[Advaita-l] GITA - 2.12: part 3

Amuthan Arunkumar R aparyap at yahoo.co.in
Mon Nov 28 23:24:21 CST 2005

namo nArAyaNAya!
  in this post, we will discuss possible ways of addressing shrI  rAmAnuja's objections to advaita. since i don't know any possible way  to refute these objections, i've made the discussion quite general.  it's upto the learned members to provide any possible solutions. 
  it appears to me that shrI rAmAnuja's arguments are too strong to be  directly refuted. they are very genuine objections and cannot be  answered by advaitin-s without introducing additional complications.  while on the one hand we see the incompatibility of an Ishvara or a  jIvanmukta with advaita, we also have many instances of 'jIvanmukta-s'  who teach advaita. this is a really tricky problem. IMO, however, the  objections raised are sound and cannot be refuted. for, to refute it,  one has to assume the existence of avidyA in the first place, which is  unacceptable to advaita. the above argument can be countered only  indirectly by using ajAti vAda. the solution is to deny the objection  itself. if the objection is accepted, it cannot be answered. strictly  speaking, this can be done only by one who has realized the advaita  satya. but for others, it is only a way of escaping from the objections  :-). one must accept the limitations and contradictions that arise by  accepting
 avidyA to be real, i.e. by accepting a  vyAvahArika satya.  
  thus, advaita can  only push away objections like these. it cannot and need not answer  them. this can be  explained in the light of an analogy. if someone says that he saw a  hare with red horns, it is not necessary to prove that a hare's horn  is not red. that can never be done. it is sufficient to know that  there is no horn for a hare  in the first place. similarly, all objections to advaita can be  answered satisfactorily only by denying the existence of vyAvahArika,  i.e. by being  established in one's own self. to put it differently, advaita cannot be  established on a purely rational basis or based on the shAstra-s; it  has to be understood by a direct perception of one's own self.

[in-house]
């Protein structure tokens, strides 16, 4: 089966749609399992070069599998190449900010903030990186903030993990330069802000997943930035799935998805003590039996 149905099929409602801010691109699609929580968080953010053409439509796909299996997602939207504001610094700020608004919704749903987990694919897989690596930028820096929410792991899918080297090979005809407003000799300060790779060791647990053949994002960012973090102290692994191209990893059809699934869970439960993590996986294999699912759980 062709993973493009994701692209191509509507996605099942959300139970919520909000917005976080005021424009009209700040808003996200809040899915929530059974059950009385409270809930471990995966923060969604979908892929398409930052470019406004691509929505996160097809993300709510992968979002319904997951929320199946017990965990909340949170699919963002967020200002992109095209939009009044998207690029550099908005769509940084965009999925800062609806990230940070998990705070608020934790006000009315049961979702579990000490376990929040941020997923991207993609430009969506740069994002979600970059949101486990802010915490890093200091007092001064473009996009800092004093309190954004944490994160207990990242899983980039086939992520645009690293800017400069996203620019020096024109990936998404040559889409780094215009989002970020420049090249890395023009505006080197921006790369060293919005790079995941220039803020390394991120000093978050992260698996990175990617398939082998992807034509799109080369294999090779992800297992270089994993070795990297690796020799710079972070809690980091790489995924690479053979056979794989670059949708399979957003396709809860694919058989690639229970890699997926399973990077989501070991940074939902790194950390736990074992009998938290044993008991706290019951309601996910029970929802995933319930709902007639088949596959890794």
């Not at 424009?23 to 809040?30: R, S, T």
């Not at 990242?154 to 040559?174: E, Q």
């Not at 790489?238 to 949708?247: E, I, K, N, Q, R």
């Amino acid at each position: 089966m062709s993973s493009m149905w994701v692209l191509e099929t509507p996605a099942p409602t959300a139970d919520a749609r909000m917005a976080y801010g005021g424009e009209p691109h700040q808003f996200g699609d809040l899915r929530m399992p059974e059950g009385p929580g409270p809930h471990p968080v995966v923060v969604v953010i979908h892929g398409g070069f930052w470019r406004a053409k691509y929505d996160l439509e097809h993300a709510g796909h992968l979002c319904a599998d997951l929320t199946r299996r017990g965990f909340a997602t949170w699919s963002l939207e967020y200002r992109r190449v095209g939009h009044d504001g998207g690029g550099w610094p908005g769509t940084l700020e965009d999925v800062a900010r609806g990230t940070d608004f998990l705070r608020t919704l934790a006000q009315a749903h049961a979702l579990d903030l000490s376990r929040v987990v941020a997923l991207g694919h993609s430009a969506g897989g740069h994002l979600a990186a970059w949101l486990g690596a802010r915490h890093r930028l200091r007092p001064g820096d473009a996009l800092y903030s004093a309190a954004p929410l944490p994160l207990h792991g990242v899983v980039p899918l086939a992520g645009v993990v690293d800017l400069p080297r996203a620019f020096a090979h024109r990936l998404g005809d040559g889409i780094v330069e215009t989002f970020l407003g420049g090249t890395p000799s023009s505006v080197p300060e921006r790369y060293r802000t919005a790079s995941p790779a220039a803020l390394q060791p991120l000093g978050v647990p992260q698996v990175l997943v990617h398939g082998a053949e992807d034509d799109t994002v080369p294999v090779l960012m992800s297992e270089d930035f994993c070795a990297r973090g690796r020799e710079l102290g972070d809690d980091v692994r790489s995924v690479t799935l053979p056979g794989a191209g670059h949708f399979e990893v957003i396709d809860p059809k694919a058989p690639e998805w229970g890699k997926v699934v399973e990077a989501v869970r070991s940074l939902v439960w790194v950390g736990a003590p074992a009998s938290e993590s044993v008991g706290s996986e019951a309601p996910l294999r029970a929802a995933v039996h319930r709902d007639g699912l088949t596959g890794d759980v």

i would like to mention one more point here though it does not fit  exactly in the present context. for an unbiased student of the  shAstra-s, it is definitely true that there is a lot of room for  contrasting points of view on a subject as profound as this. IMO, it is  not possible to establish advaita, or any doctrine for that matter,  based on the shAstra-s alone. the absolute truth does not require the  help of any shAstra to establish itself. hence, the validity of any  doctrine can be ascertained only after knowning the absolute truth.  until then, the content of all doctrination is just void.  (incidentally, this is also the classic 'shUNyata' argument of  nAgArjuna.) if one follows a doctrine, one has to accept it on faith  and once one accepts something on faith, there is no room for any  unbiased  arguments.
  i don't know if my arguments are correct. right from the time i came to  know about advaita, these questions have popped up every now and then  and i haven't found a satisfactory solution to this. so, my way of  arguing may well be a reaction to my mind's inability to answer these  objections. in case i'm missing something or in case there is an  alternative argument against these objections, i kindly request the  learned members to bring them to light. 
  vAsudevaH sarvaM,

Amuthan Arunkumar R,
Final year, B.Tech/M.Tech Dual Degree,
Dept. of Aerospace Engg., IIT Madras.
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